In Africa, the Europeans failed to recognize that the region was not as primitive as they thought. Trade routes ranged across the SAHARA DESERT north and west. Eastern Africans traded from MOZAMBIQUE to SOMALIA. Inland empires such as Mwene Matapa and Great ZIMBABWE were in the trade network too. With trade came cultural and social interchange. The European intrusion of the first colonialism weakened the fringes of the network, but the 19th-century inroads destroyed the whole thing, to the core of the continent. The British entered Africa with a touch of guilt about their slave-trading history and more than a touch of desire for African products such as groundnuts and palm oil. To get raw materials for oiling machines and making margarine and soap, the British co-opted local political leaders. Their main interests in the continent were at Suez and South Africa.
With the Suez Canal open, India became 6,000 mi or 9,656 km closer to Britain. When the British bought out the Khedive of Egypt’s French canal stock, they had control of the route to India. In South Africa, the attraction was diamonds. After discovery of the Kimberley field in 1870, the British annexed it in 1871. In 1877, they took the Transvaal, leading to a Boer uprising and a British backing off—until the discovery of Transvaal gold. Cecil Rhodes (1853–1902) tried to overthrow the Boers in 1895, and the British fought a second Boer War from 1899 to 1902. Having won South Africa, the British granted home rule in 1906, forcing the colony to take care of financial and moral issues raised by the conquest.
But the discoveries of diamonds and gold mattered more than just to the Boers and British. Europeans wanted a share of the non-European world, no matter its value, just in case. If nothing else, it was a matter of national pride—and having a possession meant that a European rival could not get it. The competition was so fierce that the Europeans met at Berlin in 1884–85 to divide Africa. They agreed no nation would try to take another’s territory. By 1914, only LIBERIA and ETHIOPIA were without European control. Elsewhere, peanut, rubber, cocoa, and palm oil plantations appeared, as did gold and diamond mines in South Africa and copper and tin mines in the Congo.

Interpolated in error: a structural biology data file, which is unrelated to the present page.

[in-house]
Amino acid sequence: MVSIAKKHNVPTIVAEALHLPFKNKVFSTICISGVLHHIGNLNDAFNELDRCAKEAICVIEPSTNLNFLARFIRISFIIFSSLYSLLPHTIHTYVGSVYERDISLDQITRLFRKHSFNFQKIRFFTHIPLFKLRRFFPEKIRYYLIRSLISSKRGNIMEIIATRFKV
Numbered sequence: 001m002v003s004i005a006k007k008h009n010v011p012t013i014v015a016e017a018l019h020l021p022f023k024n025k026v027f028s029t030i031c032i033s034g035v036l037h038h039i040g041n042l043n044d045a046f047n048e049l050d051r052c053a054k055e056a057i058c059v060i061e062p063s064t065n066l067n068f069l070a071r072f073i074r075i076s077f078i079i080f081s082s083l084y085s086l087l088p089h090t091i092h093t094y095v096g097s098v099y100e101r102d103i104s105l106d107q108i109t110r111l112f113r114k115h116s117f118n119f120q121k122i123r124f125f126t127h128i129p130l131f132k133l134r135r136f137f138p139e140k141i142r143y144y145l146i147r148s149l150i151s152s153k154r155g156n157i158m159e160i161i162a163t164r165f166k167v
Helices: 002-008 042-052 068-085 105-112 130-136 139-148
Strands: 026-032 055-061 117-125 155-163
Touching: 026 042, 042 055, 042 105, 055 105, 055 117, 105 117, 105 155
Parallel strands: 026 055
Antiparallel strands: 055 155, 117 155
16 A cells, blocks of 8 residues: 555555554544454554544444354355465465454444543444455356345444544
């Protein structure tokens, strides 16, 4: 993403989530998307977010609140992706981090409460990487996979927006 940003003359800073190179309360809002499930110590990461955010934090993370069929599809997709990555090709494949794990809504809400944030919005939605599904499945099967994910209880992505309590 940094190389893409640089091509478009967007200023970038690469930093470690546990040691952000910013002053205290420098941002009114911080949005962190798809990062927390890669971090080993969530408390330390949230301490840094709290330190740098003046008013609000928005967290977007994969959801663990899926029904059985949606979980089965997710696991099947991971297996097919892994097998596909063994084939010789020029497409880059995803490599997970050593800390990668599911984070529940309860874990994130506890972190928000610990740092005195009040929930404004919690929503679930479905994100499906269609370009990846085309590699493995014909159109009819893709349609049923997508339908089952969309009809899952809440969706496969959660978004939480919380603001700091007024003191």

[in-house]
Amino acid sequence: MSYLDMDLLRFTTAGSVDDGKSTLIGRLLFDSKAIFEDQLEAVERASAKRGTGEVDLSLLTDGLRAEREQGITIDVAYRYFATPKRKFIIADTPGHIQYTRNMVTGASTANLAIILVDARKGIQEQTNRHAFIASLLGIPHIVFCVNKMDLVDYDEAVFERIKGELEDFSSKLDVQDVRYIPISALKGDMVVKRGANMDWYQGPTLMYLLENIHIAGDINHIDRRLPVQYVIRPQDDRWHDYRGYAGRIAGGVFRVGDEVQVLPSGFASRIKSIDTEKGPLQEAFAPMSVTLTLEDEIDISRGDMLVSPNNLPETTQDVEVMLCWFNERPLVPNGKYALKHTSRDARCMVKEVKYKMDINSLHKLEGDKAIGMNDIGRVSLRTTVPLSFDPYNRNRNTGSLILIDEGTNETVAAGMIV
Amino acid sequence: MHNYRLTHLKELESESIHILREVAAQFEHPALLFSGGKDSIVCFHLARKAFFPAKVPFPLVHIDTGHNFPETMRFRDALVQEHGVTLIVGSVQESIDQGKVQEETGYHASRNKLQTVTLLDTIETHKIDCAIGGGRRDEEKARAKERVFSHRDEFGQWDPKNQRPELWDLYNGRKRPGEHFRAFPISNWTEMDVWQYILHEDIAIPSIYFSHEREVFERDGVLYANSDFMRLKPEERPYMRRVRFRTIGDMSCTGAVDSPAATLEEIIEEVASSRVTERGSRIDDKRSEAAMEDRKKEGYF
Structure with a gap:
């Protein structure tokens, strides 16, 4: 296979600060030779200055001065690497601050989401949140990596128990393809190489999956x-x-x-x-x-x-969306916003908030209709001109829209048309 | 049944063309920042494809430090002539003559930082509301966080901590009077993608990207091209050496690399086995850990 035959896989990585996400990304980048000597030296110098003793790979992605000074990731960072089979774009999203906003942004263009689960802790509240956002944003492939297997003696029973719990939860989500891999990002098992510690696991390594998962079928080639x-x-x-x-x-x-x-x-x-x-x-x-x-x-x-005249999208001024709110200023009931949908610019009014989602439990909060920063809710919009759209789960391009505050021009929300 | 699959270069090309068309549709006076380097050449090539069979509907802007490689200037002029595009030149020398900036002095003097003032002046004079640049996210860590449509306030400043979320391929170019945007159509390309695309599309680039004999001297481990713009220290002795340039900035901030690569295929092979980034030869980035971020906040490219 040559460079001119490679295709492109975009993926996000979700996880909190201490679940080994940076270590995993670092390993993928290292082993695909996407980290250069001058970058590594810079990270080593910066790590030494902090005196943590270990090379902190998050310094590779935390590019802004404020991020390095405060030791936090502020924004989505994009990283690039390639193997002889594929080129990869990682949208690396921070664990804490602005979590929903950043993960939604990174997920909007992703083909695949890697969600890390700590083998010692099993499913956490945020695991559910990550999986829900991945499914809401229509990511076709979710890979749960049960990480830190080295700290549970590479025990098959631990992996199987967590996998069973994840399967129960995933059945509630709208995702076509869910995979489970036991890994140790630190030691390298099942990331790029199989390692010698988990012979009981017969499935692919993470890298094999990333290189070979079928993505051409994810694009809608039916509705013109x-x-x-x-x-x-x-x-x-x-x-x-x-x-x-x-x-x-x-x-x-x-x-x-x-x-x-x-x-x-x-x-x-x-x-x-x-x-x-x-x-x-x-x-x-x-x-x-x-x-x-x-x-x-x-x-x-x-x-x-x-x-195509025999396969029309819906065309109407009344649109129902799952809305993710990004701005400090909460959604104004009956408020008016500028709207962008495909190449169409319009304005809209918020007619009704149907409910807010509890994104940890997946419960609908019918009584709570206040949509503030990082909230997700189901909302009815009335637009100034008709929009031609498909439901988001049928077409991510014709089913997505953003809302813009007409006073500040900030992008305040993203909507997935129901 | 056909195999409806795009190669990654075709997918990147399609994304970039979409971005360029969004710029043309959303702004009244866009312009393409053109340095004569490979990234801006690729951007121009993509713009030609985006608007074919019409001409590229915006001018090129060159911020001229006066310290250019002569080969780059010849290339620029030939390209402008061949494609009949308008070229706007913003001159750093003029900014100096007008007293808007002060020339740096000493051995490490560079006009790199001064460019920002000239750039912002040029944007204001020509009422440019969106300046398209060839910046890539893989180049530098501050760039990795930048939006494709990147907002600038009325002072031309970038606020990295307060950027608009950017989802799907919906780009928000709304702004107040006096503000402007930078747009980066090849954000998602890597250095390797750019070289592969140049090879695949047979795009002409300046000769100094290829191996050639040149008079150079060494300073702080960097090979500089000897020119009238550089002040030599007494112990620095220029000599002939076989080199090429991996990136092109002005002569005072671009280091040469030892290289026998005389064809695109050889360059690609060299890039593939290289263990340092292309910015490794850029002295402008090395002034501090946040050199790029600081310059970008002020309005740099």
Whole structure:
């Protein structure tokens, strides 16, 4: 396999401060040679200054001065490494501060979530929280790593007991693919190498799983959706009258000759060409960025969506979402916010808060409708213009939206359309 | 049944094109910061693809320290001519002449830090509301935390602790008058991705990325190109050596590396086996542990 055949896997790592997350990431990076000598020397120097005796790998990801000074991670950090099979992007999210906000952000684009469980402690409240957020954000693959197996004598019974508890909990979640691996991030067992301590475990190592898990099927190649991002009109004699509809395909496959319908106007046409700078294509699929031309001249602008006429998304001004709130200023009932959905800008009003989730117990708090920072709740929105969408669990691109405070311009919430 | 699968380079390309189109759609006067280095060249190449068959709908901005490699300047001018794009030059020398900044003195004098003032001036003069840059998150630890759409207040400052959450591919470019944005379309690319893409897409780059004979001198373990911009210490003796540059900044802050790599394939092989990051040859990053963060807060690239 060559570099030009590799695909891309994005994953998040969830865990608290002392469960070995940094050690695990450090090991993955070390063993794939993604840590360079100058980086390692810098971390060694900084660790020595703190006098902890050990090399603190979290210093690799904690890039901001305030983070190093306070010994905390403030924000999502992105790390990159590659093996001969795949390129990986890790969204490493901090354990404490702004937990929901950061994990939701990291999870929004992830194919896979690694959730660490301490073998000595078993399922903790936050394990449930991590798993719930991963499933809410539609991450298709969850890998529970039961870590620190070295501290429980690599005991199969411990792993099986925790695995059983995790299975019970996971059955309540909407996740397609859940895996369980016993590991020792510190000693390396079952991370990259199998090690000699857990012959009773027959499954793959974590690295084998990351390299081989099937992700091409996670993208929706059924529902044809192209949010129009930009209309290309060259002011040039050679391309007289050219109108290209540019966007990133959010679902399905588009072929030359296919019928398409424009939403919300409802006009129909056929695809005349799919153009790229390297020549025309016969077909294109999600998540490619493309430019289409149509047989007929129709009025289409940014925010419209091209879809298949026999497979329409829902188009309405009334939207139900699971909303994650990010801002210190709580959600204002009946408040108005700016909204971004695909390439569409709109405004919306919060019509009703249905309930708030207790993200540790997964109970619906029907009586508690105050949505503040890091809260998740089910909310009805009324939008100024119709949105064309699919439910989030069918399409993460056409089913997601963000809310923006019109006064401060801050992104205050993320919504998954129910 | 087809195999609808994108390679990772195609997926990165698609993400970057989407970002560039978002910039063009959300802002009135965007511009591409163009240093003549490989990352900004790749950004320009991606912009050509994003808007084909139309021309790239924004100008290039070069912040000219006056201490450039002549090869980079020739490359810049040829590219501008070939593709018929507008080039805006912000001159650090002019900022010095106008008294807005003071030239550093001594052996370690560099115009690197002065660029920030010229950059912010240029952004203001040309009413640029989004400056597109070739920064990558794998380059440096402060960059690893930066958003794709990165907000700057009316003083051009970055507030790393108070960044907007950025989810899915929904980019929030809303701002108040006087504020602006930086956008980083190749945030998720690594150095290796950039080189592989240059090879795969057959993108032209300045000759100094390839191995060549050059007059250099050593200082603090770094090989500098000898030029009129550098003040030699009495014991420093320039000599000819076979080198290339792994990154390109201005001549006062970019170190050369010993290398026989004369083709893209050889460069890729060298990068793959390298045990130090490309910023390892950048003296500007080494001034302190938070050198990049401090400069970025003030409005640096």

Europeans unseated difficult indigenes but allowed great leeway in matters such as keeping slaves, to those who guaranteed stable labor and good output for export to Europe. The result was a new exploitive economy, and an alteration of internal social and economic relations as the subsistence economy replaced the traditional pan-African one.
THE END OF COLONIALISM
By the end of the 19th century, the Ottoman Empire was crumbling, but it had assets that the others wanted. Russia wanted access to the Mediterranean via the BLACK SEA. Egypt broke away and became a cotton exporter as well as home to the Suez Canal—and eventually a subset of the British Empire. Persia had oil; Britain and Russia wanted oil. Britain and Russia split Persia at the turn of the century.
Britain had been in India (or at least the BritishEast India Company had been) since the mercantile era. As the indigenous Mughal Empire faded in the early 18th century, the company took territory after territory. Britain forced enactment of a law requiring India to supply coffee, tea, indigo, cotton, and plantation crops at the expense of internal consumption crops. And Indians were prohibited by law from developing manufactures. The company built railways to the coast, making exports easier.
On the other hand, the British did give India a decent infrastructure—dams, roads, communications, educational system, sanitation—and Indians did show improvements in health and literacy. The lack of adequate agriculture for home consumption did increase the risk of famine and death, and British paternalism weakened Indian culture and exacerbated racial tensions and nationalism. The company lost its franchise in the 19th century, and Britain lost India in the 20th.
The pattern was the same in Southeast Asia, the pathway to the Chinese market as well as a natural area for plantations producing rubber, cocoa, coffee, and sugar. Colonialists progressed from trading post to negotiations with local rulers to control of the local economy to shifting from internal to external crops to increased investment that required a military presence to ensure stability. The Dutch took over INDONESIA’s economy and government. Britain acquired MALAYSIA, Singapore, and Burma/MYANMAR.